Sunday, March 9, 2008

The Power of F@!# It

Some mornings I wake up, read through my notes on a job, and then very methodically work through a carefully defined problem -- sharpening the character's misbehavior, or building stakes, or clarifying the conceit. That kind of thing. It all works just like it's supposed to. Story problems obediently present themselves just where you'd expect to find them. And they respond to your treatment just the way they should.

Then there are other times when problems pile up on each other and it's difficult to see the elegant solution underlying all the big issues. There's a big knot somewhere in the middle of the script, and you don't know which end to start picking at. This is when the f***-it copy comes in handy.

A f***-it copy is a duplicate file where you are officially allowed to f*** up. You're allowed to play. You're allowed to try things out. You can pull out a character and see if the story still balances out. You can pull out a scene, or reverse a polarity, or try the easy solution. You can try simply playing with it -- as far away from screenwriting orthodoxy as you please. And when it doesn't work -- f*** it.

F***-it copies are never the final solution, but they almost always teach you something you didn't know before. Why? Because you are utilizing one of the most under-taught skills of any kind of writing, including screenwriting:


Scripts are like any other big project. The more possibilities you look at, the better the finished work. It's within your power at this very moment to see what your script looks like without all that dialogue. You can flip scenes around and take a page out and let your characters fail and everything else. You're modeling your story. And your computer doesn't mind. It will store as many f*** it copies as you can come up with.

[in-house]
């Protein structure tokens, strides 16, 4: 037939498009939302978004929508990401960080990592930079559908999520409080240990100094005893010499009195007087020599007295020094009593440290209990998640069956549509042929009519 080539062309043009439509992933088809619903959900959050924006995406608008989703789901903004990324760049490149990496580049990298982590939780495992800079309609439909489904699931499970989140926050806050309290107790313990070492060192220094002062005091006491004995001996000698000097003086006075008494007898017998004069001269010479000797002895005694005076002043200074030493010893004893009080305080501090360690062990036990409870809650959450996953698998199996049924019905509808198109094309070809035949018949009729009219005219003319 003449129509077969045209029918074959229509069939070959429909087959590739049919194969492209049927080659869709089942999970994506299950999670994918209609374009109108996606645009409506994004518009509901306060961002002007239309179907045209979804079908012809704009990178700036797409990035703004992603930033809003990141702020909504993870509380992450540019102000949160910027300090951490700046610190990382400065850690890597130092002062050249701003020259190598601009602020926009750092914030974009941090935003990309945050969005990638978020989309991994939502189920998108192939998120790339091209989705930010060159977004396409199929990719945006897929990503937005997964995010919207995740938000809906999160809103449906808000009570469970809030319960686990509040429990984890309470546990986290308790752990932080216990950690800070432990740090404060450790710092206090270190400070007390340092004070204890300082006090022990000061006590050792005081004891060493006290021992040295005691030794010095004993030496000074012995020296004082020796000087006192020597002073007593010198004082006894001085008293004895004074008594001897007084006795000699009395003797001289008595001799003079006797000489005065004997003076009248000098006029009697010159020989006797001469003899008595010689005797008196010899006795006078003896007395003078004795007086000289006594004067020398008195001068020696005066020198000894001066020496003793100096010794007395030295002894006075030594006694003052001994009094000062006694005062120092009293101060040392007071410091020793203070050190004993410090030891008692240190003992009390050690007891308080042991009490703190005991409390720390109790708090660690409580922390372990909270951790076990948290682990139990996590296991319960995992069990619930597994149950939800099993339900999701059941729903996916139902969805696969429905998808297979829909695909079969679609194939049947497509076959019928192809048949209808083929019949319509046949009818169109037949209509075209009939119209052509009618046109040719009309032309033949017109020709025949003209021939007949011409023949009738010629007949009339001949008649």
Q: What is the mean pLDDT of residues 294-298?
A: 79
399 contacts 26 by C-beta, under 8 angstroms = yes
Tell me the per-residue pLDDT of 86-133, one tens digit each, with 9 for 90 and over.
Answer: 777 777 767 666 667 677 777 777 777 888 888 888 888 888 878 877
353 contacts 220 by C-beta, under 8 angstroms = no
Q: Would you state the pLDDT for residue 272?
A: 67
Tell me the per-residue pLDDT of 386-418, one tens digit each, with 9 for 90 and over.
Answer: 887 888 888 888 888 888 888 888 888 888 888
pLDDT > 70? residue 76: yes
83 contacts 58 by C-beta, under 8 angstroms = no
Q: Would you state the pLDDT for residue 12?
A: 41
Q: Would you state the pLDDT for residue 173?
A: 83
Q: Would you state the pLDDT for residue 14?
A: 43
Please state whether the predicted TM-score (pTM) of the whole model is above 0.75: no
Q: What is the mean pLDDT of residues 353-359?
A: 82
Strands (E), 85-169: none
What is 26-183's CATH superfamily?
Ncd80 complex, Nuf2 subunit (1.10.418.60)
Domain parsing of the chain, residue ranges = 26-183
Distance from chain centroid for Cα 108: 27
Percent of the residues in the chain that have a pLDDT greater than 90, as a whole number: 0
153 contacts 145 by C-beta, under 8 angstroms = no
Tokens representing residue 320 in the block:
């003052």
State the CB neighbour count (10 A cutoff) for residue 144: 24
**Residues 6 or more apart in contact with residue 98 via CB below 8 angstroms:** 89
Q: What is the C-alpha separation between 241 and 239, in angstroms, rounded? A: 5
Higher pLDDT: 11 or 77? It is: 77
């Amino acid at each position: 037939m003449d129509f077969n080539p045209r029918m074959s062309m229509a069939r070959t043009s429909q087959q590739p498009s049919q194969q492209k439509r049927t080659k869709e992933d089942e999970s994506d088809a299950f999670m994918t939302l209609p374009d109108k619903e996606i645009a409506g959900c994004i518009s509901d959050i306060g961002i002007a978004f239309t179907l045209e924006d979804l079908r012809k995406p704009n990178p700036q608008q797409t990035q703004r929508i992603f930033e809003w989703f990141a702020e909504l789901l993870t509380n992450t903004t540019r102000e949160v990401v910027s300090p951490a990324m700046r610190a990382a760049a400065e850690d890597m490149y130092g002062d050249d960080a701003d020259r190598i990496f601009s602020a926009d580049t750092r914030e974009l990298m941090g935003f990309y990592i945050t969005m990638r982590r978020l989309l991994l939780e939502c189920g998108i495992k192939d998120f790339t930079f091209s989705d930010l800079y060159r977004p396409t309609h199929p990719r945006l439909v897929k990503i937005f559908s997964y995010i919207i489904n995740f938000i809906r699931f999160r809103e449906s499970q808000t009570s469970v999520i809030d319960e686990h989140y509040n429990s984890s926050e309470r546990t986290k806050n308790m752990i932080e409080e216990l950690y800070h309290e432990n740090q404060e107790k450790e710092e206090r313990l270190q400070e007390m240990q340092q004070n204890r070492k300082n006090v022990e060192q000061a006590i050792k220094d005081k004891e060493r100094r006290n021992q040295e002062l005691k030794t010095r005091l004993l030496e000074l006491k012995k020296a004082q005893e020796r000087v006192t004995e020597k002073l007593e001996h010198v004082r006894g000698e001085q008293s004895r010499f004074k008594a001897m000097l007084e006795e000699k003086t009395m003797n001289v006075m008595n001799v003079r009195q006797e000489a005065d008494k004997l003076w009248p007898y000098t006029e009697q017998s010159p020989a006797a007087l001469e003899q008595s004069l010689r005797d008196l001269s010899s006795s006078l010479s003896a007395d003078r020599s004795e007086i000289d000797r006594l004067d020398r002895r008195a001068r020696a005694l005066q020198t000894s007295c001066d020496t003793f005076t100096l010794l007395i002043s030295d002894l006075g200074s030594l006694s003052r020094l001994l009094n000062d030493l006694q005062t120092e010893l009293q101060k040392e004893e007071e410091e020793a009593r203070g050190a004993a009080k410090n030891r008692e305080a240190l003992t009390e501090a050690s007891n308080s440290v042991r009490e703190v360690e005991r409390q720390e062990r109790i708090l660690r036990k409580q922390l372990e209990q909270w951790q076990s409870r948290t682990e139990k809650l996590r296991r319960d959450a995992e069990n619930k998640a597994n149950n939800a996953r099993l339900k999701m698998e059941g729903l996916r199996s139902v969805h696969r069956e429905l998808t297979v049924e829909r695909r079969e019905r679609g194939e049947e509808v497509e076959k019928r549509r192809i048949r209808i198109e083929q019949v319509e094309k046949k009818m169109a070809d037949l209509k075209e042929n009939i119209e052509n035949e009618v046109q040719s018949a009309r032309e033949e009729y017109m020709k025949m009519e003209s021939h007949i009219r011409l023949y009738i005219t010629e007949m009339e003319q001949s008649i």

I often wonder why we don't teach this skill more. I suspect it's because most screenwriting gurus learned their craft either on a typewriter, or from someone who used a typewriter. Hard and fast structures (and ideologies about what goes where) were a safe bet. I remember rejecting a lot of gurus fairly angrily when I read them. Why must the Refusal of the Journey go here? There's nobody going into the Innermost Cave in my script. Anybody telling you that your script MUST be shaped around their methodology is just selling books.

But that same methodology is absolutely, utterly, invaluably useful as a modeling tool. You'd be foolish not to try it out. If it works, great. If it doesn't you'll still figure something out. And well, if it doesn't work at all, then f*** it. You spent the day writing and thinking about your story.

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